There are some of us out here who can remember covering events at the National Press Club from a sort of balcony purdah, high above the ballroom, watching as the men reporters ate lunch. The day a cheeky friend and I brought snacks, we were banished to the back stairs. We wouldn't have dared to ask for equal pay in those days. If we were caught doing men's work, we might be busted back to the typing pool where we belonged.
For women like us, the idea of an MBA from Harvard Business School was too farfetched to even contemplate. We watch in wonder as young women doctors, lawyers and reporters earn more in their first jobs than we ever made in our lives, complaining all the while that they're still not getting their due.
For women like us, "Women Like Us," a study of 82 of the 88 women who enrolled at Harvard Business School in fall 1973, brings discouraging news: The problem, it seems, is men.
We'd had intimations before, of course, as we followed the tale of Mary Cunningham, class of '79, and William Agee, class of '63, the He'loi se and Abe'lard of the Bendix board room. But one assumed that their case was unique.
The profiles that unfold in these pages show that while the words may differ, the music is the same: A woman may have an MBA from the most prestigious business school in the country, but cast her loose in the corporate jungle and she's Tess of the d'Urbervilles. It could be grounds for a curriculum change up there on the banks of the Charles.
For "Mary Pat" (all have imaginary names, we're assured) disaster struck before she even got her degree: A dashing fellow student spent the night, then in the morning told her to get lost. She was so devastated she could hardly finish the crucial assignment due the next day, and she seems drawn ever after into mistake after mistake in her business and personal life. Attractive and vivacious, "Phoebe" is persuaded to enroll at Harvard by her South American boyfriend, who later marries her and beats her so badly that she shows up late for work.
"Tess" had already been jilted by one lover and turned down for stewardess by five airlines before she read "Sex and the Single Girl" by Helen Gurley Brown five times and got a grip on herself. By the time she enrolled at Harvard, she had found a husband and a good job in a Pawtucket, R.I., sweater mill. She got bad grades, and when she turned to the business school psychologist for help, he advised her to wiggle her toes to relax. She dropped out for a term to plant pachysandra in the yard but came back to finish -- pregnant, with her husband refusing to let her have an abortion. She landed a good job where she was paid more than her busband, who confides to the author that their sex life is a mess. When we next see "Tess," she's been fired from her job, but soon finds another paying $60,000 a year. She has decided to go into therapy and is feeling "a strong physical attraction" for the corporate recruiter who had found her her job. Clearly the gods will have more sport with "Tess" and "Martha" and "Holly" and all the rest further down the road.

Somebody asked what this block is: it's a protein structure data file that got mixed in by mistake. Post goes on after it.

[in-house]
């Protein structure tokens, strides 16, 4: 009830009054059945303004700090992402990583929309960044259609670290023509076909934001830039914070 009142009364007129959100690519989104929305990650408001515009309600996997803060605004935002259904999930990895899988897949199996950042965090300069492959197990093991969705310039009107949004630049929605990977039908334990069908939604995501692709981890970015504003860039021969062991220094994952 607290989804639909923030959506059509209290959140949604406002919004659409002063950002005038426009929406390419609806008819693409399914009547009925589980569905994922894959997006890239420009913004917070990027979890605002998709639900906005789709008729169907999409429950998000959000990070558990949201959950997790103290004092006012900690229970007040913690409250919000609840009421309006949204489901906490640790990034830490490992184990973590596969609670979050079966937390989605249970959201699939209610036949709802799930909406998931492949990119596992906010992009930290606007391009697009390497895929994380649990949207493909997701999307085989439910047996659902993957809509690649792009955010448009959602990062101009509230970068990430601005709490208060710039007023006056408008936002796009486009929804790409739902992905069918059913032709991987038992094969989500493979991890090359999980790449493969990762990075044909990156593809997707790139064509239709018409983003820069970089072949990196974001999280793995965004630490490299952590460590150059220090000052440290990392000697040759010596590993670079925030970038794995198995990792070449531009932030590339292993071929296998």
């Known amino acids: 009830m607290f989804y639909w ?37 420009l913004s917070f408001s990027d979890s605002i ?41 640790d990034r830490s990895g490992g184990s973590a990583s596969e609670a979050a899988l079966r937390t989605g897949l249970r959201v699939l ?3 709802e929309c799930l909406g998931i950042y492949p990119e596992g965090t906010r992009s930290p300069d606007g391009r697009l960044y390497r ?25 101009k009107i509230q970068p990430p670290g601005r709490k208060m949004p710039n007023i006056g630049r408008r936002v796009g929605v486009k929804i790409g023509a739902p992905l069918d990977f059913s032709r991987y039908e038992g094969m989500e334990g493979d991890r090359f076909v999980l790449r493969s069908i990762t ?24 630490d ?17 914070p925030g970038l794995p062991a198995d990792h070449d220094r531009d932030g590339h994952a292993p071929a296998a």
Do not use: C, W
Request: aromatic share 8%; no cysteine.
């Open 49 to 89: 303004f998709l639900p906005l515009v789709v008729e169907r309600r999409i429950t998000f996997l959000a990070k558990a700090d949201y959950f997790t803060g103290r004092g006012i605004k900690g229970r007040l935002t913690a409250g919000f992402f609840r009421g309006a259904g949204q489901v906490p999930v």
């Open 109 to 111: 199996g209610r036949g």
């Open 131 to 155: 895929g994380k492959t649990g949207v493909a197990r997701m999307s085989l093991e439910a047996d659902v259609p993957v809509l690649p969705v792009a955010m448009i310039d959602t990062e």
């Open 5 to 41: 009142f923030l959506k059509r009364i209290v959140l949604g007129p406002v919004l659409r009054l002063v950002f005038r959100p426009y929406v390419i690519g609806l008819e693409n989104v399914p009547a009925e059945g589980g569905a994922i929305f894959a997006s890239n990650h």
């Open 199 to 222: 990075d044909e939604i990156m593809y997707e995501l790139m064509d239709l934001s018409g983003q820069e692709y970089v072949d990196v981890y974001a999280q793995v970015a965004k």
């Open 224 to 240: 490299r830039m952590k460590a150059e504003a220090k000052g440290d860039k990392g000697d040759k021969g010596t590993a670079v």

Sex is not the only weapon in this war. "Suzanne," the one woman among the 82 who personifies for the author what it takes to reach the top -- no personal involvements, a single-minded obsession with work -- faces the age-old differences that won't go away. Discussing a man she has recently hired, she reflects: "I began to realize that he expects to have continued promotions . . . He is so self-confident and so unhumble that it surprises me . . . I don't dare ask for something more until I feel sure they can't say no. And that in a way worries me about getting into senior management. Because I don't believe it's my birthright." (For six years Suzanne had been a pediatric nurse and had signed on at Harvard after being rejected for a job by a Boston bank because she couldn't type.)
Despite its absorbing material, this book is needlessly tiresome to read. The author, a former Wall Street Journal reporter, tends to turn her tape recorder on and forget to turn it off, even when she's talking to herself. (She's had problems, too.) The dialogues tend to sound like a Tupperware party or an all-girl luncheon at Schrafft's. She also interviews the six key graduates twice -- briefly at the beginning of the book, in deeper detail later -- which keeps you flipping back and forth to keep people straight. The author, meanwhile, skips back and forth within the interviews to interview others about the person she's interviewing, interjecting her own reactions to what is being said. It seemed to me that the whole works could have used some sharp shears and another trip through the typewriter.